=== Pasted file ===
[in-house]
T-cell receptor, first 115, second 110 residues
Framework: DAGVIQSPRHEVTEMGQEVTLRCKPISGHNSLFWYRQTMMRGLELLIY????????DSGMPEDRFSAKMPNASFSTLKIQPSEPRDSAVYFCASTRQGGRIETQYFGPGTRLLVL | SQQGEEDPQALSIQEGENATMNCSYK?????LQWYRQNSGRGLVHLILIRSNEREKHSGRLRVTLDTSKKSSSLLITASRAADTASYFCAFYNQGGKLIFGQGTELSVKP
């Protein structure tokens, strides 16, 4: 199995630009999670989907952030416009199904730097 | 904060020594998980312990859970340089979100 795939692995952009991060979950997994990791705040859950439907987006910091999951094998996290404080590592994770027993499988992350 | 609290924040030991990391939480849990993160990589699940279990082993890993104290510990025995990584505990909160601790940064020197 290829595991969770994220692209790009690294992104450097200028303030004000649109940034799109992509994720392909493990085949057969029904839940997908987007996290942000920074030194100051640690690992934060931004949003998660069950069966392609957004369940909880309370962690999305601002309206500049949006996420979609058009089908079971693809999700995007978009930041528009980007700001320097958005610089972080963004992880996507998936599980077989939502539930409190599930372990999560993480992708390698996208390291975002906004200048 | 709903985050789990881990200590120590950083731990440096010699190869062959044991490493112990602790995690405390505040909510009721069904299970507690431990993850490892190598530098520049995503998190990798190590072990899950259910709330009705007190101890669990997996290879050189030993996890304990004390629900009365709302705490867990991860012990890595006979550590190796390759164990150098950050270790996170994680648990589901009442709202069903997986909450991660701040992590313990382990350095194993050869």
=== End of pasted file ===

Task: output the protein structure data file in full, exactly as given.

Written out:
[in-house]
T-cell receptor, first 115, second 110 residues
Framework: DAGVIQSPRHEVTEMGQEVTLRCKPISGHNSLFWYRQTMMRGLELLIY????????DSGMPEDRFSAKMPNASFSTLKIQPSEPRDSAVYFCASTRQGGRIETQYFGPGTRLLVL | SQQGEEDPQALSIQEGENATMNCSYK?????LQWYRQNSGRGLVHLILIRSNEREKHSGRLRVTLDTSKKSSSLLITASRAADTASYFCAFYNQGGKLIFGQGTELSVKP
């Protein structure tokens, strides 16, 4: 199995630009999670989907952030416009199904730097 | 904060020594998980312990859970340089979100 795939692995952009991060979950997994990791705040859950439907987006910091999951094998996290404080590592994770027993499988992350 | 609290924040030991990391939480849990993160990589699940279990082993890993104290510990025995990584505990909160601790940064020197 290829595991969770994220692209790009690294992104450097200028303030004000649109940034799109992509994720392909493990085949057969029904839940997908987007996290942000920074030194100051640690690992934060931004949003998660069950069966392609957004369940909880309370962690999305601002309206500049949006996420979609058009089908079971693809999700995007978009930041528009980007700001320097958005610089972080963004992880996507998936599980077989939502539930409190599930372990999560993480992708390698996208390291975002906004200048 | 709903985050789990881990200590120590950083731990440096010699190869062959044991490493112990602790995690405390505040909510009721069904299970507690431990993850490892190598530098520049995503998190990798190590072990899950259910709330009705007190101890669990997996290879050189030993996890304990004390629900009365709302705490867990991860012990890595006979550590190796390759164990150098950050270790996170994680648990589901009442709202069903997986909450991660701040992590313990382990350095194993050869």